The putt, the fist-pump, the red chequered trousers. Ian Woosnam's 1991 win at the Masters was as iconic as it was historic.
It is 25 years since the diminutive golfer from Oswestry became the first - and still only - Welshman to win one of golf's major tournaments.
Woosnam will be making his 28th appearance at Augusta National this week, and the famous course has lost none of its lustre for the man known as 'Woosie'.
"It's hard to believe really. Time has flown past," he tells BBC Wales Sport.
"Coming down Magnolia Lane and seeing the clubhouse again, I've been coming here for years now but it never changes, that feeling.
"I can't believe it's 25 years. The rhododendrons and the azaleas are out - it's even more beautiful than ever.
"It's like going to heaven. This is the kind of course you want when you pass away."
Now 58, Woosnam is not one to dwell on his past success.
His competitive spirit is intact on the European Seniors Tour - and his status as a former winner means he can still play at the Masters despite now being ranked 1,742 in the world.
In the week leading up to his 1991 triumph, however, Woosnam was the world number one.
"It gave me confidence to think I was the best player," he recalls.
"I had to prove to people it's not just being number one - I had to get a major to go with it.
"There was no doubt I was good enough, it was just about putting it all together at the right time.
"When you see the guys like [Nick] Faldo, [Sandy] Lyle, [Bernhard] Langer - those guys before you - it was my time. I was desperate for it.
"It was great to get the major under my belt."
The moment of glory
The names Woosnam mentions are an indication of the illustrious opponents he faced during his peak.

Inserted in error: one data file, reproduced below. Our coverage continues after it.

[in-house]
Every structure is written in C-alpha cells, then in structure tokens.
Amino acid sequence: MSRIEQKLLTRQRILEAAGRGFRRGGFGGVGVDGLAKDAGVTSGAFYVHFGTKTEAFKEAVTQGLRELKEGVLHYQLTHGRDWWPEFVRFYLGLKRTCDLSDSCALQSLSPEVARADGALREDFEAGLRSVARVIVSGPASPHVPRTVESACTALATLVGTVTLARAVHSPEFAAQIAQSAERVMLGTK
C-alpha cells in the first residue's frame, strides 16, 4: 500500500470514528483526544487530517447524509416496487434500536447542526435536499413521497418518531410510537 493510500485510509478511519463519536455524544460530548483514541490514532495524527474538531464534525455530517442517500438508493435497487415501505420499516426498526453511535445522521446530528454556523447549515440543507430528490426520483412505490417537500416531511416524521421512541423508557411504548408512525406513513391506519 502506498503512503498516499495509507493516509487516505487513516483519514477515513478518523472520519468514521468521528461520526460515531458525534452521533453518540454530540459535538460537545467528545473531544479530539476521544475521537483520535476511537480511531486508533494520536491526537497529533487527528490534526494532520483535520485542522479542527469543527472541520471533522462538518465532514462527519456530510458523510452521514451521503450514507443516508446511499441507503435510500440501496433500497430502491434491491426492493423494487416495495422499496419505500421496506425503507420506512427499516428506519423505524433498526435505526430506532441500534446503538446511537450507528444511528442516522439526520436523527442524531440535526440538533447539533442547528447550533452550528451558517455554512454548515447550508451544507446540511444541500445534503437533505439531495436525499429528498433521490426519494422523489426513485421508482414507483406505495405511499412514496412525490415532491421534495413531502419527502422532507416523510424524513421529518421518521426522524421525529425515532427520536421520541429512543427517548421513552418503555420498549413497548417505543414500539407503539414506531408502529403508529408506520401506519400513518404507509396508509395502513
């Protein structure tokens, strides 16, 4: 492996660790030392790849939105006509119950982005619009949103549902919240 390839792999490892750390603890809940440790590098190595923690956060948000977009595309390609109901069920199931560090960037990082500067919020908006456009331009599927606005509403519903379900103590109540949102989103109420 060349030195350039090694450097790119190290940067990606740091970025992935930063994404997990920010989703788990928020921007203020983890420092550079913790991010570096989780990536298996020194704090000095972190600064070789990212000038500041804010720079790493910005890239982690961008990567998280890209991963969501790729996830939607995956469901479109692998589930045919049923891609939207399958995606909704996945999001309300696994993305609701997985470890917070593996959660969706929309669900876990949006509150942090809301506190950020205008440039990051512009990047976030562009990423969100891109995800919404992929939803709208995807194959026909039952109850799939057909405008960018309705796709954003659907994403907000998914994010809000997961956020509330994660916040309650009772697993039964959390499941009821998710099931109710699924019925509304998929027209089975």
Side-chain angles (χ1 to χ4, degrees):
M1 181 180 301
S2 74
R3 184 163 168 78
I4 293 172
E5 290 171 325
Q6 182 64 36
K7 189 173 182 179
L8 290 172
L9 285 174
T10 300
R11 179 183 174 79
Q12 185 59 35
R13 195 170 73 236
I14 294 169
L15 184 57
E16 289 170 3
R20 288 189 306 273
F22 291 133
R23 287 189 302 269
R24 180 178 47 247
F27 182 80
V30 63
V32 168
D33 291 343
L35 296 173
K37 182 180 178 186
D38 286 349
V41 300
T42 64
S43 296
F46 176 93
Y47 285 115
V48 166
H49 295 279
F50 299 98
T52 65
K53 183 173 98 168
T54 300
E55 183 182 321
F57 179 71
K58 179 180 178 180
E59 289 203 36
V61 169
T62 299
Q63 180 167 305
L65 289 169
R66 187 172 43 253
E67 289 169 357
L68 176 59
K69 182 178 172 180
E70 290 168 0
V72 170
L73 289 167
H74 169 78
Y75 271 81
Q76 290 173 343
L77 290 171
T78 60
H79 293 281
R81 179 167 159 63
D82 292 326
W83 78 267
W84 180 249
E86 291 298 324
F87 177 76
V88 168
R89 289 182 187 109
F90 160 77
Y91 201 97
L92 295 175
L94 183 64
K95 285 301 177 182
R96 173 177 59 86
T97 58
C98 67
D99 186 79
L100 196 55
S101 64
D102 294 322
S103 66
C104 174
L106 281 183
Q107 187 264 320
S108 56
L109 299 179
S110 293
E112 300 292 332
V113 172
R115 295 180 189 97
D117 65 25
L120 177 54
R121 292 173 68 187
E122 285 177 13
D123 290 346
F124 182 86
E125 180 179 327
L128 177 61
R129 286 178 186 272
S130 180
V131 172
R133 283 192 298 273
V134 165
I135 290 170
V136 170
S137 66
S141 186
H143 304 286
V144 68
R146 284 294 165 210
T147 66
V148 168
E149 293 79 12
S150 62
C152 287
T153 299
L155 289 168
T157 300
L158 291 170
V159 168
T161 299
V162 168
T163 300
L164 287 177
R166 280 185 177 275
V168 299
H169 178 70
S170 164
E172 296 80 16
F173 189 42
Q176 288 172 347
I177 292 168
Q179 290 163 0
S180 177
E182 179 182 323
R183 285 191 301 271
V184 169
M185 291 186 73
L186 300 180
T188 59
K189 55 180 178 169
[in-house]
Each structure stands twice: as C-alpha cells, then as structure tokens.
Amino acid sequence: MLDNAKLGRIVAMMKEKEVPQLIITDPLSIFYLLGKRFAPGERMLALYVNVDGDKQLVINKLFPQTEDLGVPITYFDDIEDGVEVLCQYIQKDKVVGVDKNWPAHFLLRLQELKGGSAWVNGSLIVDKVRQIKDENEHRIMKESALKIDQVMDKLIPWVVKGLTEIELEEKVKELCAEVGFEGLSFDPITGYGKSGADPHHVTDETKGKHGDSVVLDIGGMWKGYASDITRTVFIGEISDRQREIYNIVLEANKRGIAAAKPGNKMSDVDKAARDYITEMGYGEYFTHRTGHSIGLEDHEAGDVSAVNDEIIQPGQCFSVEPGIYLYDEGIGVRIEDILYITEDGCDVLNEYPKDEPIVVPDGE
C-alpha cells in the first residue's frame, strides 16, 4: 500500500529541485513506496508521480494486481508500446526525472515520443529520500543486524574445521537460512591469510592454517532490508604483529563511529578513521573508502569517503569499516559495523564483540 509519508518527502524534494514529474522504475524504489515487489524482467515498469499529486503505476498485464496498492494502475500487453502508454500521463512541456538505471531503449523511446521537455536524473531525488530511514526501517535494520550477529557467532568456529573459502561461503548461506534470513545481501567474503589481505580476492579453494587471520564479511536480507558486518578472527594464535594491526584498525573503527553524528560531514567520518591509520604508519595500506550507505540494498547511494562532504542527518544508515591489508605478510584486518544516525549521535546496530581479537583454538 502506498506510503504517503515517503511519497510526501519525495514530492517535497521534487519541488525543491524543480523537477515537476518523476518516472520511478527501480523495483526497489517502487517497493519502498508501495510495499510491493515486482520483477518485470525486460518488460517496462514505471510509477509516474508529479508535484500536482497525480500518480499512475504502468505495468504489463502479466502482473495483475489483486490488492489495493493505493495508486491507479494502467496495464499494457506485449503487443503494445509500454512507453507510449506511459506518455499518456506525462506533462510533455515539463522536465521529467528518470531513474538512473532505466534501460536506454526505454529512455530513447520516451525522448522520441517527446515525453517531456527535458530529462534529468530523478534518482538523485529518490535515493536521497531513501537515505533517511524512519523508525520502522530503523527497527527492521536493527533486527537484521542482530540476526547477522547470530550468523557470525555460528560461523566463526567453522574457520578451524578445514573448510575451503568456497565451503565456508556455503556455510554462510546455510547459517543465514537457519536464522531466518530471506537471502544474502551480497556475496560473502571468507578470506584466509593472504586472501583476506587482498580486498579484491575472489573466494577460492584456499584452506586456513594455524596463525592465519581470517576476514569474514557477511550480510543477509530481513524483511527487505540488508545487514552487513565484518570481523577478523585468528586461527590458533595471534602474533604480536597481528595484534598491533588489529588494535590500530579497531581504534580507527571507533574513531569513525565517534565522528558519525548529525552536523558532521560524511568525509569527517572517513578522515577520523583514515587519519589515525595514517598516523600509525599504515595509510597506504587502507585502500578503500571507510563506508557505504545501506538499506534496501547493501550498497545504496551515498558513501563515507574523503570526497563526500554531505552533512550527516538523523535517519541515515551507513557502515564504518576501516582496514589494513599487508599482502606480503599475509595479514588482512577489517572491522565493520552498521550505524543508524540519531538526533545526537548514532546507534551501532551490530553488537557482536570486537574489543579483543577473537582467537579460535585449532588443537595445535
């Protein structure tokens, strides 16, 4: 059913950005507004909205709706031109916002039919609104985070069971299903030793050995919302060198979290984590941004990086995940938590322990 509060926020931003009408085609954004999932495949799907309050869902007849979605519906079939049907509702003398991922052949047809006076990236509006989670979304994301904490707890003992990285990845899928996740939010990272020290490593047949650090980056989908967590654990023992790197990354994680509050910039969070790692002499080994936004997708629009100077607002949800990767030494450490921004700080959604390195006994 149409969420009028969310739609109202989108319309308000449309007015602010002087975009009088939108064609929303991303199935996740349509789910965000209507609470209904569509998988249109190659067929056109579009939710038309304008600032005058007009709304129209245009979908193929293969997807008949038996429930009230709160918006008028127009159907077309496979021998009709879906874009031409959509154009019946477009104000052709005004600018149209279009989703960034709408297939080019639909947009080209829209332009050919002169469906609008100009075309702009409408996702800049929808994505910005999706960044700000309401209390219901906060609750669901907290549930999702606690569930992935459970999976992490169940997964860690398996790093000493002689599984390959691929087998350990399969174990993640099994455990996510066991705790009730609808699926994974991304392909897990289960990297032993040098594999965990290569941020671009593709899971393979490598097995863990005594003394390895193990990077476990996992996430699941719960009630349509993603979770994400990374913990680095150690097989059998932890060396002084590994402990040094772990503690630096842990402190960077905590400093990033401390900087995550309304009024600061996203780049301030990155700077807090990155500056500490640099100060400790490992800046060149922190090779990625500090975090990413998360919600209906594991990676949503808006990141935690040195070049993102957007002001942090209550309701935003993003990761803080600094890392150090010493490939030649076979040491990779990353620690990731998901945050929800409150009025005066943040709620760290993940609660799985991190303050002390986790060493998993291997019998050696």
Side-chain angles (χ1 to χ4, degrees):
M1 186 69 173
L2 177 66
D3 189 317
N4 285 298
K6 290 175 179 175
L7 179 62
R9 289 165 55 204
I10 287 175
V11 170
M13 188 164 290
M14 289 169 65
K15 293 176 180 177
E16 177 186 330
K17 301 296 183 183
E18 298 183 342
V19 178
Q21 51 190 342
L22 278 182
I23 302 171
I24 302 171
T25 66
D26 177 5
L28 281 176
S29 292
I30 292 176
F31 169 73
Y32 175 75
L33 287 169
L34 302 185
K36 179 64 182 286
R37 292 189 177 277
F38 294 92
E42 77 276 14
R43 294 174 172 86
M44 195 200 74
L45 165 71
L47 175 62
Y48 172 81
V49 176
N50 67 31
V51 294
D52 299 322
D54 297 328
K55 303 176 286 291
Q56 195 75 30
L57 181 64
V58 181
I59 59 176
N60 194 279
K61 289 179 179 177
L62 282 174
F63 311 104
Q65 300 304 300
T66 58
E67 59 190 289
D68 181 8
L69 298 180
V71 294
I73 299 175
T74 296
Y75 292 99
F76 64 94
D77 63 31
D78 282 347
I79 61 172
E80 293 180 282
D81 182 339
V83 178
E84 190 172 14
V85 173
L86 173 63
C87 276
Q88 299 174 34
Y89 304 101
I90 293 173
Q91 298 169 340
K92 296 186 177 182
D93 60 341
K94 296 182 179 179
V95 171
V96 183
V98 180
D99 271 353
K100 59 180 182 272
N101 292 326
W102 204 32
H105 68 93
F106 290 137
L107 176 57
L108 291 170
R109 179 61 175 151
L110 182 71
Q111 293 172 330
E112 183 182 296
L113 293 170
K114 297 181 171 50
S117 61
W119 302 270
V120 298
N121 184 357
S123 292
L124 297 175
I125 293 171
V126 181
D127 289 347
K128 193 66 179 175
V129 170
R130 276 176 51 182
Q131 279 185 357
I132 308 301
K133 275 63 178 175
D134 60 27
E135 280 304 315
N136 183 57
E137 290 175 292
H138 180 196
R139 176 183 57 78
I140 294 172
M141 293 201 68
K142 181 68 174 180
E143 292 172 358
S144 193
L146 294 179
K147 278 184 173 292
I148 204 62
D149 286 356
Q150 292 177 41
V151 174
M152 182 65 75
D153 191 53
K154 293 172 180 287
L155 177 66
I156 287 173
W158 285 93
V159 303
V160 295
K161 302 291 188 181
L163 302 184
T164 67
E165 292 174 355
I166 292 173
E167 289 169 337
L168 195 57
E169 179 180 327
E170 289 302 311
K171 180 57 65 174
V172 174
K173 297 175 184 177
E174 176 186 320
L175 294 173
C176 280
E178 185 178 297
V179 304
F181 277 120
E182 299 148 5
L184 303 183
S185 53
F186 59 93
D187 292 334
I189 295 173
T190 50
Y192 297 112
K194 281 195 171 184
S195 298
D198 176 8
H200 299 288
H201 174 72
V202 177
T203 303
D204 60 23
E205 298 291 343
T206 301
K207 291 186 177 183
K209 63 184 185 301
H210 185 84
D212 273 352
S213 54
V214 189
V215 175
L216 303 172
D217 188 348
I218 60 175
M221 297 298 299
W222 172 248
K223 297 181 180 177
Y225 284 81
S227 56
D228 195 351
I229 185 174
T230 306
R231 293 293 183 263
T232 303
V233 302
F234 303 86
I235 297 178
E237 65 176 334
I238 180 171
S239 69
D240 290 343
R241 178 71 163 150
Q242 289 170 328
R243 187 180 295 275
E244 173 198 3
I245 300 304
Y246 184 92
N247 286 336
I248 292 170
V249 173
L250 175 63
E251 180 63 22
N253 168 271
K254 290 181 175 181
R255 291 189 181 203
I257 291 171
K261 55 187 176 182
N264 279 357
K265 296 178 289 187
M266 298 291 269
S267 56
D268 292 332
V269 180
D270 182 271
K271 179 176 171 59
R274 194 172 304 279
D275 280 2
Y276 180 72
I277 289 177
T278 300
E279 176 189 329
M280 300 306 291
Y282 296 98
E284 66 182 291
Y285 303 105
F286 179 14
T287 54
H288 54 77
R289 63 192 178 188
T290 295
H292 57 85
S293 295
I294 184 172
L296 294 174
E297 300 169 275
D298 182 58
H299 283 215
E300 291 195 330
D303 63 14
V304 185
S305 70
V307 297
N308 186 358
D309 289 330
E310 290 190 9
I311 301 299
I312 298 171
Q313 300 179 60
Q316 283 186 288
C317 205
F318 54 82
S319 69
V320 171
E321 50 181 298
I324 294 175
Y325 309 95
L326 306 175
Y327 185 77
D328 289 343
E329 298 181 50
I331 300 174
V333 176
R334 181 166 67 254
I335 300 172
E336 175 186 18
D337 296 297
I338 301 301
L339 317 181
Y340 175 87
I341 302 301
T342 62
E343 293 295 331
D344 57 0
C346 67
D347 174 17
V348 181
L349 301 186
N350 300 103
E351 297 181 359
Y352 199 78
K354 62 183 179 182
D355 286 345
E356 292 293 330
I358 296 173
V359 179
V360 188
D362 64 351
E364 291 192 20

His main rivals for the final round in 1991 were the legendary Tom Watson, who already had two Masters titles, and Jose Maria Olazabal, who would also go on to win the championship twice.
The three players were all tied at -11 as they embarked on the final hole.
Olazabal, a group ahead of Woosnam and Watson, missed his par putt for a bogey on the 18th.
Watson, who had eagled both 13 and 15, then hit a double bogey, leaving Woosnam with a relatively short putt to claim the prized green jacket.
"You're on that putting green when you're a little kid, thinking you're Gary Player, Jack Nicklaus and Tom Watson," says Woosnam.
"And there I am with a seven-foot putt for the Masters.
"I had the comfort of knowing if I missed it I was in a play-off.
"I thought about that and I think it helped take the pressure off and to help me make a smooth stroke."
The ball dropped in the hole, a crouching Woosnam clenching his fist and roaring with delight.
The American crowd, who had been vociferous in their support of home favourite Watson, stood to salute their new champion.
Woosnam gathers his thoughts and turns his focus back to the 2016 Masters.
Asked if the famous red chequered trousers might make another appearance, he laughs and says: "I don't think so. I think those days are gone for me."